Federal Circuit: 3
Although each circuit must abide by the same federal rules governing en banc petition standards and procedure, the rules also provide significant discretion to each set of circuit judges to decide if and when they will grant a petition for en banc hearing or sua sponte order a case to be heard en banc. As a result, it is ultimately up to the makeup of each circuit and the circuit judges’ collective views on en banc hearings. As the above data shows, some circuits grant en banc orders at a much higher frequency than others.
B. When is the Sixth Circuit using the En Banc procedure?
All seven en banc orders granted by the Sixth Circuit between January 1, 2018 and September 7, 2021 were granted via vote on a party’s petition for rehearing en banc; the circuit did not sua sponte order any en banc rehearings. Six of the seven cases filed petitions requesting a rehearing en banc pursuant to both F. R. App. P. 35(b)(1)(A)—arguing that the Court of Appeals panel opinion either “conflicts with a decision of the Supreme Court” or with another Sixth Circuit opinion or that full court review is “necessary to secure and maintain uniformity” of Sixth Circuit decisions—and F. R. App. P. 35(b)(1)(B)—arguing that “the proceeding involve[d] … questions of exceptional importance” or that the Court of Appeals panel created a circuit split.
When the court issues its order granting a rehearing en banc, it is hard to know exactly why the judges felt a particular case was worthy of being heard en banc because the order typically does not explain the judge’s reasoning for granting the petition. However, sometimes a judge will write a dissent to the grant of en banc hearing. In these cases, the dissent opinion offers some insight into how that particular judge feels about rehearing cases en banc or about their concerns regarding the decision to utilize the en banc procedure. In April of this year, Sixth Circuit Judge Karen Nelson Moore issued a dissent from the grant of initial hearing en banc in Bristol Reg’l Women’s Ctr., P.C. v. Slatery, a case involving a constitutional challenge to a Tennessee state statute introducing a 48-hour waiting period for abortions.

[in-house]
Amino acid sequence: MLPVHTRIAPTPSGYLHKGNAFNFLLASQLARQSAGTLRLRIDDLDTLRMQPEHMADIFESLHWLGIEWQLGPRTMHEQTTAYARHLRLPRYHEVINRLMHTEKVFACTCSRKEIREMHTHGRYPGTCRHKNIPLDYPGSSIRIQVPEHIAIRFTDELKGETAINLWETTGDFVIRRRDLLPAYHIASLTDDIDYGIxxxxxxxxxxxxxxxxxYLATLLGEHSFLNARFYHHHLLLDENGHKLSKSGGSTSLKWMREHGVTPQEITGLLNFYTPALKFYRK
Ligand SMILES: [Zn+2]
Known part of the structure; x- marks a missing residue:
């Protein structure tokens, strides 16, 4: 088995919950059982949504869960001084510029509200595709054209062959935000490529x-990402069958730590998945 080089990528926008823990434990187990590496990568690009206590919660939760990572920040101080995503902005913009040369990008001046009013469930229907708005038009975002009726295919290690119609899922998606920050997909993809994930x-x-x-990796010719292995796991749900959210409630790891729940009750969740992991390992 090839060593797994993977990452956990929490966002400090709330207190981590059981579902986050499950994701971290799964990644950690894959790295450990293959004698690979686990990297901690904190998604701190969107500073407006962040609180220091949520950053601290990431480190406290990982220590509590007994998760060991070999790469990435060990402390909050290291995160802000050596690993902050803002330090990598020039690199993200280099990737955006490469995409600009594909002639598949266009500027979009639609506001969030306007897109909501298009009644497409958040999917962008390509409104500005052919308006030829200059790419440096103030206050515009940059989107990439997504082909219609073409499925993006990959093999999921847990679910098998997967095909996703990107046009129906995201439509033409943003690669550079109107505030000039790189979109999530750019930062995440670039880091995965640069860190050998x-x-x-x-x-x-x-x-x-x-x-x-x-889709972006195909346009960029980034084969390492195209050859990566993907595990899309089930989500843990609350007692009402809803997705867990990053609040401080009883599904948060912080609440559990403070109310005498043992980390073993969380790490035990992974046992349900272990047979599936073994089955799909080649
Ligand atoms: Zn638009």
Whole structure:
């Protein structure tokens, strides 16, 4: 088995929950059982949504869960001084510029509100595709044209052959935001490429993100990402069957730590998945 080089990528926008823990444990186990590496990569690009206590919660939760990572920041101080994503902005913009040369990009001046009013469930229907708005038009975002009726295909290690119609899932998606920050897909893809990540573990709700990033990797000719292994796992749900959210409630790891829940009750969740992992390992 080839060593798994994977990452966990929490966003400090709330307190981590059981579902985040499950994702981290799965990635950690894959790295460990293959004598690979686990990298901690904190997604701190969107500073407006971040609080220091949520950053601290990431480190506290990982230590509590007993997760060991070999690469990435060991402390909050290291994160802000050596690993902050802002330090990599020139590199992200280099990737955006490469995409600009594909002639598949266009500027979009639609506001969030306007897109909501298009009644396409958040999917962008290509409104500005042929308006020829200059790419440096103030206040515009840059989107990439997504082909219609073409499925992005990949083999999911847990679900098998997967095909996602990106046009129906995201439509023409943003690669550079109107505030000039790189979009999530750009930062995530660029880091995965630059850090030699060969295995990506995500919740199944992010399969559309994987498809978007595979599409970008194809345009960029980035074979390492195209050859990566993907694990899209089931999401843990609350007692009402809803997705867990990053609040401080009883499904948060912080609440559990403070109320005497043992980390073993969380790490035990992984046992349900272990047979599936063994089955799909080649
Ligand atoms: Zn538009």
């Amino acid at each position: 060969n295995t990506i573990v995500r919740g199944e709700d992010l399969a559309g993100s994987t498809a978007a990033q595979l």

Unlike a traditional en banc rehearing, which occurs after the original three-judge panel issues a decision, in rare instances, a circuit court can grant an order calling for an initial hearing en banc “prior to panel assignment, but only in cases of public importance which have attracted much attention.” In her dissent, Judge Moore warned that “by granting that petition, a majority of this court has sent a dubious message about its willingness to invoke [this] extraordinary—and extraordinarily disfavored—procedure in ideologically charged cases.” Judge Moore also noted that “[t]oday we could have sent a message affirming this court’s impartiality and independence…[and] [i]n endorsing this game of procedural hopscotch, a majority of the en banc court has embarked on an unsettling course.”
Judge Moore’s dissent was the only dissent included in any of the seven en banc orders in the Sixth Circuit in the last four years. As a result, it is the only real window into how the Sixth Circuit judges view en banc procedure, but more specifically, about how the judges view an initial hearing en banc. While it is admittedly a small sample size, it is nonetheless interesting to see that at least one judge, but probably more, view these en banc hearings as “extraordinarily disfavored” procedures. What is even more interesting is that in her dissent, Judge Moore lamented the fact that “[i]n the not-so-distant past we resisted the urge to wield this court’s en banc authority so indiscriminately…[but] [a]las, it seems to me that we have moved on to sorrier times.”
It is therefore not very surprising that the Sixth Circuit does not grant an exorbitant amount of en banc orders.
C. Is there a pattern to the types of cases the Sixth Circuit grants en banc orders?
Since January 1, 2018, the Sixth Circuit has ordered en banc hearings and issued en banc opinions on seven cases. The en banc court has heard two civil rights abortion cases, two death penalty habeas petition cases, one case brought under 42 U.S.C. 11603(b) of the International Child Abduction Remedies Act, one case involving whether the U.S. Sentencing Commission exceeded its exercise of power in criminal sentencing, and one case involving whether a search warrant affidavit provided the requisite probable cause to issue a search warrant.